New Estimates Show Widening Gaps in District’s Budget

The District is facing a total budget shortfall of more than $800 million in FY 2010 and  FY 2011, according to new estimates from DC’s Chief Financial Officer.  Falling tax revenue, expiring stimulus funding, and agency “spending pressures” are combining to make this another tough budget year for the city.  Here are the challenges DC is facing, by the numbers.  

Total shortfall for FY 2010: $223 million

    According to the CFO’s December revenue forecast, the District faces a revenue shortfall of $17 million, meaning that DC will collect $17 million less in taxes than it projected this year. 

    In addition to the revenue shortfall, nearly a dozen District agencies are reporting that they will exceed their budgets in FY 2010.  These “spending pressures” are estimated to total $206 million and reflect both an increased demand for services and expected savings that have not been realized.  Some of these spending pressures are quite large, as in the case of DC Public Schools, where spending on special education tuition and transportation is predicted to exceed its budget by at least $43 million. 

   The large amount of spending pressures for FY 2010 raises the question about whether the FY 2010 budget reflected unrealistic assumptions about agencies’ ability to operate with shrinking budgets.  In the case of the Fire and Emergency Medical Services Department, the freezing of approximately 110 positions contributed to the department overspending its overtime budget by $5 million.  The funding allotted for some agencies in the FY 2010 budget, such as the Department of Youth Rehabilitation Services, is the same amount that was budgeted in FY 2008.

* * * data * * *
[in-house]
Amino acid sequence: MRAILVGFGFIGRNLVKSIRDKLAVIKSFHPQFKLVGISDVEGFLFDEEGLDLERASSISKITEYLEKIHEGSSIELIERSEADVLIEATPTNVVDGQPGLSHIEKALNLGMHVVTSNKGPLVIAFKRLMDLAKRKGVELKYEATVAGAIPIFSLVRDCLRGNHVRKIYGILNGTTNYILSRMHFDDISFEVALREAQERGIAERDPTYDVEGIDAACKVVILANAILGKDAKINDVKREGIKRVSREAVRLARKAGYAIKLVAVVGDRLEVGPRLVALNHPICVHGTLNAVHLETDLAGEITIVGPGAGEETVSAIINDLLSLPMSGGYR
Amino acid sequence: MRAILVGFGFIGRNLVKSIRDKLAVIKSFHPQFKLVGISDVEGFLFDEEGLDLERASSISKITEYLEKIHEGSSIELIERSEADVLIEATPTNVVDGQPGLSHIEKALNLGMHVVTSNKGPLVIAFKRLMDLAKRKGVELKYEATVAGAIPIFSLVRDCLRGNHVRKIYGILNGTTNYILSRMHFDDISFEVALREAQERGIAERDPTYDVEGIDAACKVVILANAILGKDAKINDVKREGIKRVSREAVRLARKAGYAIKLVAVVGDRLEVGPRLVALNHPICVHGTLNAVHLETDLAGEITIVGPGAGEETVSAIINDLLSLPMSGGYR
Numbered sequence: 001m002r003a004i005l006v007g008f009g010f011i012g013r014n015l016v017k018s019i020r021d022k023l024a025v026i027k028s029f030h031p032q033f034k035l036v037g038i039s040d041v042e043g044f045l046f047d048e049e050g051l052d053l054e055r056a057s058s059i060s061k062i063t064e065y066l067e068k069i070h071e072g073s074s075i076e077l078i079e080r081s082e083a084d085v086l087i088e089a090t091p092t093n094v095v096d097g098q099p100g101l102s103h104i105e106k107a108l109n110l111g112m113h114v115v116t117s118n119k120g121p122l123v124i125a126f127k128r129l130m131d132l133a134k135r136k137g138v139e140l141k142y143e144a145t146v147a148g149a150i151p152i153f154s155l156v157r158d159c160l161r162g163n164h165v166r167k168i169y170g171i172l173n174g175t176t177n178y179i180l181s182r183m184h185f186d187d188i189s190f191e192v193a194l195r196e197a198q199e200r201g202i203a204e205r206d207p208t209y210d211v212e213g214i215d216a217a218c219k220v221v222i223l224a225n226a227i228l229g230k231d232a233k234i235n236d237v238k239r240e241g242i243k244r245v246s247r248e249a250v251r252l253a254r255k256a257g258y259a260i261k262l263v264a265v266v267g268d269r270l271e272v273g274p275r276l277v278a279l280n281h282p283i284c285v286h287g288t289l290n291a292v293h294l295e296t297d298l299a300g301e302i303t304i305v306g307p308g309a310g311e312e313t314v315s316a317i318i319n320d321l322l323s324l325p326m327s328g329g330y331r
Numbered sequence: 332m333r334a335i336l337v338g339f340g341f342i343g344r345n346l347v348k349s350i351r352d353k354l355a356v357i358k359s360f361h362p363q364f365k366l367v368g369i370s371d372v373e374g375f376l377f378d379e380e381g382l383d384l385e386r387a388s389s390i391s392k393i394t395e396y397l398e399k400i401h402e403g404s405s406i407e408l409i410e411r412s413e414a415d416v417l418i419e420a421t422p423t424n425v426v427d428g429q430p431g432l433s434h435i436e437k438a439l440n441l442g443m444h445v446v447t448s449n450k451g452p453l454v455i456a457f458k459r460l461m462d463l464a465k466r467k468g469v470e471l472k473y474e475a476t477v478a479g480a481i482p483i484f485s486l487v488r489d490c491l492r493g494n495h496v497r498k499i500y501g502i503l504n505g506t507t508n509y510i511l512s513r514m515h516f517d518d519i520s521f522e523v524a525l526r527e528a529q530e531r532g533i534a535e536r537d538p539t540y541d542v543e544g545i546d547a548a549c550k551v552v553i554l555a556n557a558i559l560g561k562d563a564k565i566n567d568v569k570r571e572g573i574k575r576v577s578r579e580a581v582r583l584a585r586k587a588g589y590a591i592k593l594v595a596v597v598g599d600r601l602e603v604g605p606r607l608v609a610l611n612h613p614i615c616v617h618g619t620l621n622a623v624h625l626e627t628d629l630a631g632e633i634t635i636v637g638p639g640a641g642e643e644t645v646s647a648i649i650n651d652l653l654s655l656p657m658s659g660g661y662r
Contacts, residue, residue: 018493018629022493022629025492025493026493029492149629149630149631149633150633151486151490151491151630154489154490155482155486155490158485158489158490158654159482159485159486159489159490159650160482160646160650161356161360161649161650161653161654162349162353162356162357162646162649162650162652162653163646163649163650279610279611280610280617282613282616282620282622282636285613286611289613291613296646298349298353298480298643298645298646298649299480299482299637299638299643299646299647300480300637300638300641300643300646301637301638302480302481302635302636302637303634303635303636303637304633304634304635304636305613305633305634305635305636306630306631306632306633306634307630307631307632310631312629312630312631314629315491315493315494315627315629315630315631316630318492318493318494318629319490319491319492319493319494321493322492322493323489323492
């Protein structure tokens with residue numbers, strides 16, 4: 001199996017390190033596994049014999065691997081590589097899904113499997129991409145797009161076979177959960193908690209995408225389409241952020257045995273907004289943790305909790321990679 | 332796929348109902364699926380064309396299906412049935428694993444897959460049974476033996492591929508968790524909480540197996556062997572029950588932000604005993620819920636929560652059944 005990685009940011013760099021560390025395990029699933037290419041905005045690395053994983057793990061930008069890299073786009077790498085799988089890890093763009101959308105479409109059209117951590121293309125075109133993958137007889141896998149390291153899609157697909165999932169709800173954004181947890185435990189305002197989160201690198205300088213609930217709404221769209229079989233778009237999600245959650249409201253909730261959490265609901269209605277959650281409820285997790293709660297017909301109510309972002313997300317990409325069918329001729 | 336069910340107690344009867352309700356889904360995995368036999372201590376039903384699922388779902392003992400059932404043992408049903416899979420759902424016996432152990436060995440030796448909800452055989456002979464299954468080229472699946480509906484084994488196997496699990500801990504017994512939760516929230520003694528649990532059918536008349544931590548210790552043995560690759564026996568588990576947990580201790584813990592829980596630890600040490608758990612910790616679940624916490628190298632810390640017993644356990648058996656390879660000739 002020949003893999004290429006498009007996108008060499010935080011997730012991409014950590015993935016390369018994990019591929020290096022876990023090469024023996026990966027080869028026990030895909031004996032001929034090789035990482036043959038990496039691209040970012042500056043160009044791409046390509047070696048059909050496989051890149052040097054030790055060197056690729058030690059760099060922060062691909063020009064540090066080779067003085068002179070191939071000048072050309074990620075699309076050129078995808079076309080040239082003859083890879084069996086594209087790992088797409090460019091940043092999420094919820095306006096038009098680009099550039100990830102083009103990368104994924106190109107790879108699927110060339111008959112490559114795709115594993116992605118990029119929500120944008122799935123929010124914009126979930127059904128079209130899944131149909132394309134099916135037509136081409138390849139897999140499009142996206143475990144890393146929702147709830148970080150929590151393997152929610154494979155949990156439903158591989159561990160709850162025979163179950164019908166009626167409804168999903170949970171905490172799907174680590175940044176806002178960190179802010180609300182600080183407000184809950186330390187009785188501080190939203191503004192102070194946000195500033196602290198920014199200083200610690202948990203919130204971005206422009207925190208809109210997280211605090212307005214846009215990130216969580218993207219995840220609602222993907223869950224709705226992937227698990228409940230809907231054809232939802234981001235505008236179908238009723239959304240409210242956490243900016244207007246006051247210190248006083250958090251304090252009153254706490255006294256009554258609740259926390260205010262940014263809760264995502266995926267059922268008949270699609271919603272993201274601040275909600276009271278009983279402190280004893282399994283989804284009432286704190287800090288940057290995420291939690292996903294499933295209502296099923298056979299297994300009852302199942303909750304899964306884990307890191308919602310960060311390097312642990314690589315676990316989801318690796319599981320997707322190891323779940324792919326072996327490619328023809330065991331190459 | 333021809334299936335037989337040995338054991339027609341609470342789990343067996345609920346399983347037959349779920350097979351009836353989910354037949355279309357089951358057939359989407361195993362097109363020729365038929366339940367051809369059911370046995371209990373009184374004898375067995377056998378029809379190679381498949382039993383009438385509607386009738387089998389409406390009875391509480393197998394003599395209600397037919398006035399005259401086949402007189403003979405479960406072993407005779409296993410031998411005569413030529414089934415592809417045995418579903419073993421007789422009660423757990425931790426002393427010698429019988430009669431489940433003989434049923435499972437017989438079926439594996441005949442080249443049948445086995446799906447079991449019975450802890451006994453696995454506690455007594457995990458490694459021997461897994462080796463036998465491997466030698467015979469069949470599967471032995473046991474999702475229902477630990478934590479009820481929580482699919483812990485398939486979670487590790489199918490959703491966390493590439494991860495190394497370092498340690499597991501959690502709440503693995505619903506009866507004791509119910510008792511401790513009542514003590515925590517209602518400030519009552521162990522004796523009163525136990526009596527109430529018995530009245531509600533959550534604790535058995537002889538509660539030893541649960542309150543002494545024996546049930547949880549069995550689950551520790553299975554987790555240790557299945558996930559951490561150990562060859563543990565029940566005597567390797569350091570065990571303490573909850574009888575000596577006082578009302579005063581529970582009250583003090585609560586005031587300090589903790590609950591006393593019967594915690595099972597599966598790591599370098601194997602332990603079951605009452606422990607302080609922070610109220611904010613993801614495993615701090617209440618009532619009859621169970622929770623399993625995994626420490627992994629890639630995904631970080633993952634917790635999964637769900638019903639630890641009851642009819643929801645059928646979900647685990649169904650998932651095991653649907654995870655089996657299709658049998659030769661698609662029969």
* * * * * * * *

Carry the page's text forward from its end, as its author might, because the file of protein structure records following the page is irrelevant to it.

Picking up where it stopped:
Total shortfall for FY 2011 $514 million

    The picture doesn’t get any better in FY 2011.  The CFO’s December revenue forecast predicted a shortfall of $104 million in District revenues in FY 2011.  Much of the stimulus funding that DC used to help close its budget last year will be expiring at the end of FY 2010. 

    At the same time that revenues are falling, budget needs are increasing.  The difference between the amount of revenue the District expects to collect and the amount that it will need to continue services at their current level equals a $514 million shortfall for FY 2011.  Much of this shortfall can be attributed to expiring funding stimulus funding, spending pressures from FY 2010, and increased costs for special education tuition and transportation.  President Obama’s budget could provide DC with more than $100 million to help narrow this gap.

Closing the Budget Gap

    To close a gap this large, the Mayor and Council should pursue a balanced approach that includes revenue increases and the use of reserves, in addition to budget cuts.  The Mayor already has ordered $99 million in spending cuts for FY 2010.  These cuts impact agencies like the Department of Human Services that already have experienced significant cuts and are struggling to meet the rising demand for their services.  Without identifying additional resources, it will be impossible to maintain support for education, health care, and other services residents rely upon.